A new study shows that metamaterials can be designed to do “photonic calculus” by working like an analog computer.
“Thanks to recent advances in nanotechnology, today we are able to control light propagation through a material in unprecedented ways and realize material functionalities that would have been unthinkable only a few years ago,” said author Andrea Alù, associate professor and David & Doris Lybarger Endowed Faculty Fellow in engineering at UT Austin’s Cockrell School of Engineering. “In this paper, we set the stage to have metamaterials realize a broad set of mathematical operations for us on-the-fly, as light propagates through them.”
Francesco Monticone, a graduate researcher and Ph.D. student in the Cockrell School’s Department of Electrical and Computer Engineering, also collaborated on the study.
By swapping analog computers’ mechanical gears and electrical circuits for optical materials that operate on light waves, it may once again be the computers’ time to shine, but this time at the micro- and nanoscale.
“Compared to digital computers, analog computers were bulky, power hungry and slow,” said senior author Nader Engheta, the H. Nedwill Ramsey Professor of Electrical and Systems Engineering in Penn’s School of Engineering and Applied Science. “But by applying the concepts behind them to optical metamaterials, one day we might be able to make them at micro- and nanoscale sizes, and operate them at nearly the speed of light using little power.”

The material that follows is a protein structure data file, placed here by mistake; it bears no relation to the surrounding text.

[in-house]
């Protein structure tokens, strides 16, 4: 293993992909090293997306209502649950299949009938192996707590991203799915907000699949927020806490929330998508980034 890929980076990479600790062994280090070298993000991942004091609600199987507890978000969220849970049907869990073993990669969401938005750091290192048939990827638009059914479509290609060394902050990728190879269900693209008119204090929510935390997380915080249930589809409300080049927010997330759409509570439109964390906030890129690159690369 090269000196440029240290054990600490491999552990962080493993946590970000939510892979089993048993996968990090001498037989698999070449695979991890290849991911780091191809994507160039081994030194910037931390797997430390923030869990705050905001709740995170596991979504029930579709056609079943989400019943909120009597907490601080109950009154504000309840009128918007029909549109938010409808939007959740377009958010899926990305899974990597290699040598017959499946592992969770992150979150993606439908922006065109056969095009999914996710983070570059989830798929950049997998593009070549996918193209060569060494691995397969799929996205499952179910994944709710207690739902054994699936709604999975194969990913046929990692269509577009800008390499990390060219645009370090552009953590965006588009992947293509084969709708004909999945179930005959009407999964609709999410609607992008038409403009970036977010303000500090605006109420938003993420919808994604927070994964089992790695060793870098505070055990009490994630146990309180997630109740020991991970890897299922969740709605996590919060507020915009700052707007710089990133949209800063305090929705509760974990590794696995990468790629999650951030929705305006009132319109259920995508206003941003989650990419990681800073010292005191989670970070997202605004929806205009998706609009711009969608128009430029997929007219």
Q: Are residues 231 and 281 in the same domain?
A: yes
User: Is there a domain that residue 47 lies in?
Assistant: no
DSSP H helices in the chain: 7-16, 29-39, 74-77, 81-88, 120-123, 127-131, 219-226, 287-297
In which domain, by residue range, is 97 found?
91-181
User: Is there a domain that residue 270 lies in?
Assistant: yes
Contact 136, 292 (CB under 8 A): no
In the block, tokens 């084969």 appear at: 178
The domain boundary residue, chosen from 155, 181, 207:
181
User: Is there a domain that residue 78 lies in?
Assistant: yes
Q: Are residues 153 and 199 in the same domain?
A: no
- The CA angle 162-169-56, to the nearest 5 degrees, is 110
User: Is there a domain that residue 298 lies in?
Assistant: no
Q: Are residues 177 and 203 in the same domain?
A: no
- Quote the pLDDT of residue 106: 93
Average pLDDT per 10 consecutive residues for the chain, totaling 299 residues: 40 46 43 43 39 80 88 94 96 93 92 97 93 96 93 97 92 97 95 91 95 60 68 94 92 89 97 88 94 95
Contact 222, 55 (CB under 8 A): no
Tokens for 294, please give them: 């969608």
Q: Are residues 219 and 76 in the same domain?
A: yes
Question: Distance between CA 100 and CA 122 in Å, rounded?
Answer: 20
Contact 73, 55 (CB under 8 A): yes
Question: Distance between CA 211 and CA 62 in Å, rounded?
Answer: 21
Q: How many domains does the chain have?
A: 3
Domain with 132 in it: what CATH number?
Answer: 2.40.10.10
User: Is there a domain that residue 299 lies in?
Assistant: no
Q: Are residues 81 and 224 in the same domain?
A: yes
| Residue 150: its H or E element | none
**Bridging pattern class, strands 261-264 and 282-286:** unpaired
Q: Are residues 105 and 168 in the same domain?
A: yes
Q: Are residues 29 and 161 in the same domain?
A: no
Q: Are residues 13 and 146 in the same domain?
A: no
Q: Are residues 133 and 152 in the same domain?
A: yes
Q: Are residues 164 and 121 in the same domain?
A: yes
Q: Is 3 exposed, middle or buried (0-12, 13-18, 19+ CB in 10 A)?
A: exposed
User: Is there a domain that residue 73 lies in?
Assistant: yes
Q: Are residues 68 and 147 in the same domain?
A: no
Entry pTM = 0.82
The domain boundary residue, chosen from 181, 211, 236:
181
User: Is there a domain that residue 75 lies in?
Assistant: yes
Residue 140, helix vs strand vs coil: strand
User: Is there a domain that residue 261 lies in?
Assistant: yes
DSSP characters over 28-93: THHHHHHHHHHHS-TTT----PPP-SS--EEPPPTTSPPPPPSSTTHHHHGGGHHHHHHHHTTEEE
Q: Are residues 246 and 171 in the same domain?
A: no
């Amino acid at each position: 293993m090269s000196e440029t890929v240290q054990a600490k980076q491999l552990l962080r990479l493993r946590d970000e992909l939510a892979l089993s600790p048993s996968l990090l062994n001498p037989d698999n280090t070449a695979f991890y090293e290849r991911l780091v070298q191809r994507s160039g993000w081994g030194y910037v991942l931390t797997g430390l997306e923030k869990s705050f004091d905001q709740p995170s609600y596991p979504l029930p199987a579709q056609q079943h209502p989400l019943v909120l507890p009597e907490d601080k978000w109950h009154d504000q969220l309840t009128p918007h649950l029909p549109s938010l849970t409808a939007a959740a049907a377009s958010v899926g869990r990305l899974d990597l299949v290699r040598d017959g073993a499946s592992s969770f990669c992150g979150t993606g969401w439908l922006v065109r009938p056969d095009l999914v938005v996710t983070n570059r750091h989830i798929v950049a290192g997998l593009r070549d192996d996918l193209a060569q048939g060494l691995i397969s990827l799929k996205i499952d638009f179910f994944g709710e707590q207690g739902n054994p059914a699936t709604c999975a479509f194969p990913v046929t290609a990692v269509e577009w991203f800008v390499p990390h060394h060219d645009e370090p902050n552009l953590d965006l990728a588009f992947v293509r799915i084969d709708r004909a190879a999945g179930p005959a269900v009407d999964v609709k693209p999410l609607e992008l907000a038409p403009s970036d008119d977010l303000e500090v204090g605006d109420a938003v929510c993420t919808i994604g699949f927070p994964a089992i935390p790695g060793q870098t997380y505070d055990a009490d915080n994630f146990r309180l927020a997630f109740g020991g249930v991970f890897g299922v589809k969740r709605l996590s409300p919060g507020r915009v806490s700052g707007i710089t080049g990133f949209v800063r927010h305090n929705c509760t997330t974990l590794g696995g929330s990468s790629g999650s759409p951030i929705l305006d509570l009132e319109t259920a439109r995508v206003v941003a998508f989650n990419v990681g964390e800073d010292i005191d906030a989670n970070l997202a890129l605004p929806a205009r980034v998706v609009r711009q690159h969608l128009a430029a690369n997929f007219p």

Metamaterials are composites of natural materials but are designed in such a way that they manipulate electromagnetic waves in ways that are more than the simple sum of their parts. Multiple manipulations can be combined or performed in sequence, allowing metamaterial researchers to change the shape of waves in complex ways.
A light wave, when described in terms of space and time, has a profile in space that can be thought of as a curve on a Cartesian plane. The researchers’ theoretical material can perform a specific mathematical operation on that wave’s profile, such as finding its first or second derivative, as the light wave passes through the material.
Essentially, shining a light wave on one side of such a material would result in that wave profile’s derivative exiting the other side. Metamaterials capable of other calculus operations, such as integration and convolution, could also be produced.
Viewing and manipulating this type of light wave “profile” is an everyday occurrence for applications such as image processing, though it is typically done after the light wave has been converted to electronic signals in the form of digital information. The researchers’ proposed computational metamaterials could almost instantly perform such operations on the original wave, such as the light coming in through the lens of a camera, without conversion to electronic signals.